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5 Minute Changemaker: Insist on Language That Holds Us Accountable

Written by Marsha Rakestraw | 2 Comments | Published on March 31, 2016 | Filed under Humane Connection
The content that follows was originally published on the Institute for Humane Education website at http://humaneeducation.org/blog/2016/03/31/5-minute-changemaker-insist-language-holds-accountable/
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Fingers holding label that says "truth"

by Marsha Rakestraw

“Mistakes were made….”
“Four rioters were killed yesterday….”
“Taxes were slashed….”
“10 billion land animals were slaughtered….”

We see and hear use of the passive voice all the time. And sometimes it’s appropriate. But too often it becomes a tool for avoiding responsibility or clouding the specifics of human participation.

Why do the particular words we use matter? Studies show that “linguistic framing” can shape our perceptions about who’s responsible and who’s empowered. “Subtle differences in linguistic descriptions can change how people construe what happened, attribute blame, and dole out punishment.”

Jackson Katz, in his TEDx talk about the responsibility of men in working to stop violence against women, asks, “How does the focus of our society go so quickly from “John beat Mary” to “Mary is a battered woman,” with John nowhere in the picture?

In a 2013 Boston Globe article, Anat Shenker-Osorio highlighted the language choices of a speech by President Obama on inequality and how “… even as it attempts to put forth deliberate remedies to inequality, its language undermines the notion that we are confronting a problem humans made … and suggests that the problem is out of human hands.”

As Shenkerk-Osorio said, “This is the danger when we suggest that no one is to blame. … Unless we describe problems as having been made by people, it’s reasonable to conclude they cannot be fixed by people. … Until we can talk about who did what to get us here, in ways that extend to our very sentence structure, it will be hard to put forth a compelling case that we can change course.”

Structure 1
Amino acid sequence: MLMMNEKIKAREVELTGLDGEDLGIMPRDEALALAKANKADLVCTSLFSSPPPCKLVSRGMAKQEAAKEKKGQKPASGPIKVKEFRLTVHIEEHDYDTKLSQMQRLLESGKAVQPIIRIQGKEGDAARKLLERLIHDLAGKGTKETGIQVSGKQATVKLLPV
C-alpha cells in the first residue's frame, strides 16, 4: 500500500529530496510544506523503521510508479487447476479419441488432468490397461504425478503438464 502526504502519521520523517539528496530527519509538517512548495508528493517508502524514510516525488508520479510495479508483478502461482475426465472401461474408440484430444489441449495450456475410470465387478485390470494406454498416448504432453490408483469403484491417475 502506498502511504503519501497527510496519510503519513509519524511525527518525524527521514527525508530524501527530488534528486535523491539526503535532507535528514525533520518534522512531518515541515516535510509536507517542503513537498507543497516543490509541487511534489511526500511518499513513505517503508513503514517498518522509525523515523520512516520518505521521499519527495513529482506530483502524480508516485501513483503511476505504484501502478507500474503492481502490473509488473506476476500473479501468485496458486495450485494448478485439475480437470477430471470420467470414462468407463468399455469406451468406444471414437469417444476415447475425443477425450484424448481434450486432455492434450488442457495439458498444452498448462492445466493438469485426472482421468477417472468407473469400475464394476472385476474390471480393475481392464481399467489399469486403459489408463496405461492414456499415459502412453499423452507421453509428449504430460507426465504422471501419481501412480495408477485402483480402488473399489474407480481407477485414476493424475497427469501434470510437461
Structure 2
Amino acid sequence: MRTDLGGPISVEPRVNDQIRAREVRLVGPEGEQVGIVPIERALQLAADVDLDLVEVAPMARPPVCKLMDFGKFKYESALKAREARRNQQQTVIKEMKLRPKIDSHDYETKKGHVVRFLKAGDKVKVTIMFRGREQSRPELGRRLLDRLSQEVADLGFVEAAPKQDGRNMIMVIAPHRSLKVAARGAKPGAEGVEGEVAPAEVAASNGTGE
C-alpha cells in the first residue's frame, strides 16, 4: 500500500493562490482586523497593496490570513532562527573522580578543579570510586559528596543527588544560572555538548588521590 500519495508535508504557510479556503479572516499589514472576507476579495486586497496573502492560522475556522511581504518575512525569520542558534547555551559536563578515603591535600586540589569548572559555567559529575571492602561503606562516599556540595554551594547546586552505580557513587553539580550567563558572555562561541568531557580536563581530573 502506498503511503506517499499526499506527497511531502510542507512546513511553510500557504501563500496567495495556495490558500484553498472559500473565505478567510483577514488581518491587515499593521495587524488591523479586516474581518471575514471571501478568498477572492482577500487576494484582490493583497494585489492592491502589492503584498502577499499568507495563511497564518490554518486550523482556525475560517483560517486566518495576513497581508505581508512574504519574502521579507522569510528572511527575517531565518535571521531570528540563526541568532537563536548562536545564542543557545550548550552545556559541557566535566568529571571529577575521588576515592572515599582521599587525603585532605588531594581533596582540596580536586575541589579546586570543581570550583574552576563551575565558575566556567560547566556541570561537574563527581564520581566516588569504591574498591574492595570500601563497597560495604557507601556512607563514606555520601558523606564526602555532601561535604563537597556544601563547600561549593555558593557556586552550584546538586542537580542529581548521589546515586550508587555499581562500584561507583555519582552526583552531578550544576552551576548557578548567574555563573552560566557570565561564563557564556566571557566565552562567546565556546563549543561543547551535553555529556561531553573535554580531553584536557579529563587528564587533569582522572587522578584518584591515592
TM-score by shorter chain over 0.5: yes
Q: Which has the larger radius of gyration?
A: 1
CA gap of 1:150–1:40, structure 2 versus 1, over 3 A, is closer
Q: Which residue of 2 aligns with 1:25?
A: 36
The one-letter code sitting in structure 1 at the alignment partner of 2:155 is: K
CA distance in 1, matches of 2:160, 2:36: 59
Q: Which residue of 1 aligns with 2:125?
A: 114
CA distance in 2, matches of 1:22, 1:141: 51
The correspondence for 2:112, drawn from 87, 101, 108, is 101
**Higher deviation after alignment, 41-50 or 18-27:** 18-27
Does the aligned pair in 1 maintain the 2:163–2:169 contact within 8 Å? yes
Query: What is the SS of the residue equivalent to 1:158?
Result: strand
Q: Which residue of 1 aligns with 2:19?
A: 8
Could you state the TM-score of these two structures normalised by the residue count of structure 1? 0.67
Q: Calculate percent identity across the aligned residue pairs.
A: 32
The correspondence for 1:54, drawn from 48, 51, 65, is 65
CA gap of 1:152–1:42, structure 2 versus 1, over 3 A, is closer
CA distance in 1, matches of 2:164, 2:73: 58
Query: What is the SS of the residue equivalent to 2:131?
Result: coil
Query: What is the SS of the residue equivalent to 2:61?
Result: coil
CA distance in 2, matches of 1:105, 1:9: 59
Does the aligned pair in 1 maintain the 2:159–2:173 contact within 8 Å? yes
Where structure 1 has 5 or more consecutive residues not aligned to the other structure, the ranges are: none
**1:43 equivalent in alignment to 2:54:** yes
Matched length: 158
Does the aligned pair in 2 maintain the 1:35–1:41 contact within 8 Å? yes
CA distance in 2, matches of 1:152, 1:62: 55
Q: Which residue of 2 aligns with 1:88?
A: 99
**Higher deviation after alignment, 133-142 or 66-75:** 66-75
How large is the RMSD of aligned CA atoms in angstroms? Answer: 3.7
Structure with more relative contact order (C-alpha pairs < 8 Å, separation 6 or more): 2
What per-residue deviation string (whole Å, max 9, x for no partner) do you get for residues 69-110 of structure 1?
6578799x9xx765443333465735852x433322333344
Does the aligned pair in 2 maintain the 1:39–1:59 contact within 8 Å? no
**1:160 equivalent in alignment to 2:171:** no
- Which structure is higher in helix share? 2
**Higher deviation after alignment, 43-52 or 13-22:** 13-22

Really, it isn’t specifically the use of passive voice that’s the culprit. As linguistics professor Dr. Geoffrey Pullum notes, the passive voice doesn’t necessarily mean “a sentence that is squirrely about agency.” What’s key is naming who or what is responsible – who took the action – including when it’s ourselves.

As humane educators and changemakers it’s important for us to accept responsibility for our actions. It’s also important that we help others learn to pay attention, think critically, and ask questions when the media and people in power use language that suppresses or avoids attributing responsibility for actions that cause harm.

“Mistakes were made … ” by whom? It matters who polluted the river, who lied, who caused suffering.

Not because we must always assign blame. But because we have to know what happened and who was responsible so that we can work toward positive solutions.

And so that we as humans can know that it’s okay to make mistakes, and that owning up to our mistakes and bad choices is much more valued  (and valuable) than pretending things just happen.

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About Marsha Rakestraw

Marsha is IHE's Director of E-learning, Education Resources, and Alumni Relations and part of the online course faculty. More

Contact Marsha View all articles by Marsha Rakestraw


Stephanie says:

I appreciated this article. Can you talk a bit more about knowing who is responsible, and what techniques and ways of approaching a humane education might take for 1. understanding that an individual is part of the system; and then 2. Avoidance of scapegoating that person (Rene Girard’s work comes in here very well…)? I could work on a response, but I bet you’ve thought about it a bit, too, and would love to hear from you.
Warmly, Stephanie

Stephanie, so glad you liked the post.

This is a complex issue, so I’ll just make a couple comments here.

One focus of humane education is on the duality of personal choices/responsibility and the impact of systems. We encourage people to pay attention to both their daily choices and to the systems they support and rely on.

When we’re buying a piece of clothing, for example, we hold some responsibility in the choice we make — the impacts on people, animals, and the earth of buying that particular piece of clothing. Likewise, we can also work for positive change in the systems that are involved in the production, distribution, consumption, and disposal of that piece of clothing.

Specific to holding other people accountable: if the CEO of a clothing company, for example, makes a public statement that ignores or suppresses their company’s collusion in causing harm (such as sweatshop conditions or the amount of waste fast, cheap clothing creates, or dyes poisoning waterways), we can respectfully call for them to acknowledge their responsibility and take positive action. But we shouldn’t stop there; as you so eloquently mention, we also must work for systemic change that does more good and less harm. And we can do that in a variety of ways, from writing letters and supporting legislation, to starting or supporting small businesses that reflect those values we want, and so on.

I’d love to hear more of your thoughts.